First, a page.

His premature death, when he had already given evidence of rare genius and promise of future usefulness, cannot but be esteemed for Eng. land a national calamity as also a serious loss to our common literature-British and American. Dimly as he is seen through the mists which envelope his career he brings to mind some words of one of our popular writers: “It is interesting to notice how some minds seem almost to create themselves, springing up under every disadvantage and working their solitary but irresistible way through a thousand obstacles. Nature seems to delight in disappointing the assiduities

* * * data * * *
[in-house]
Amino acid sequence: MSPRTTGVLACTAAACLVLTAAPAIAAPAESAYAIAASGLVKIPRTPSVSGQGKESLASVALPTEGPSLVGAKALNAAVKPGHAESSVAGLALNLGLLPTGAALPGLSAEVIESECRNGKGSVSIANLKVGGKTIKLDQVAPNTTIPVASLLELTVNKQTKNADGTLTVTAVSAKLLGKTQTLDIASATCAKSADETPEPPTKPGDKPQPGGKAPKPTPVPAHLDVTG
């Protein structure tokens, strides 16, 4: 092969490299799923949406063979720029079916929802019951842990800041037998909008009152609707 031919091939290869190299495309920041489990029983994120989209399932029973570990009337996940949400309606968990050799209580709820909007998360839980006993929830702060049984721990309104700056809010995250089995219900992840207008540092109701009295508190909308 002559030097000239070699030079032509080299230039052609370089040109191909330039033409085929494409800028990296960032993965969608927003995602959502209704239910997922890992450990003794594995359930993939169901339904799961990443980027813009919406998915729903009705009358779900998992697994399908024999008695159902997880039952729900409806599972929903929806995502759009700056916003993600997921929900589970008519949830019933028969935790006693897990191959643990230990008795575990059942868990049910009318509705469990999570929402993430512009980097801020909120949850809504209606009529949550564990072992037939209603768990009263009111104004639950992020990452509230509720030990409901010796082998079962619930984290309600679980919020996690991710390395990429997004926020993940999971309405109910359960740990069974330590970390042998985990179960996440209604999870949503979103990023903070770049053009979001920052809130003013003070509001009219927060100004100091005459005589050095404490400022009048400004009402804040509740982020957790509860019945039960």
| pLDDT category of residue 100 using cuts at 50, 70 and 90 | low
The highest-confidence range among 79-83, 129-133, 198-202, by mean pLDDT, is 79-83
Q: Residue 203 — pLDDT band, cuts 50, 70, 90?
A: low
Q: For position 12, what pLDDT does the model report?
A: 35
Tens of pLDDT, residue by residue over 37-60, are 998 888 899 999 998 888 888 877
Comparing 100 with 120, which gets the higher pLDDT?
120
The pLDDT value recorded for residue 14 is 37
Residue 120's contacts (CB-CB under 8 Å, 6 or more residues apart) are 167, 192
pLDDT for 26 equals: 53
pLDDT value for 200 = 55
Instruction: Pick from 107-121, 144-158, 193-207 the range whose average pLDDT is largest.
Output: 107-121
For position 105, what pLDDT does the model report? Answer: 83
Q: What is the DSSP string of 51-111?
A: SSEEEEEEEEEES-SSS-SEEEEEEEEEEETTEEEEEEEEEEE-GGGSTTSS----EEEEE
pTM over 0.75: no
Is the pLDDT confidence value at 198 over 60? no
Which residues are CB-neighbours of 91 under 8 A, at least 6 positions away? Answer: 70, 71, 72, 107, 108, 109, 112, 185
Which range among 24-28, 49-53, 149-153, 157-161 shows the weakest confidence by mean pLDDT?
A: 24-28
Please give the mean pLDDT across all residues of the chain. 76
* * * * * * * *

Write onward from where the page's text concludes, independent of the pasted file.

of art, with which it would rear dullness to maturity; and to glory in the vigor, and luxuriance of her chance productions. She scatters the seeds of genius to the winds, and though some may perish among the stony places of the world, and some may be choked by the thorns and brambles of early adversity, yet others will now and then strike root even in the clefts of the rock, struggle bravely up into sunshine, and spread over their sterile birth-place all the beauties of vegetation."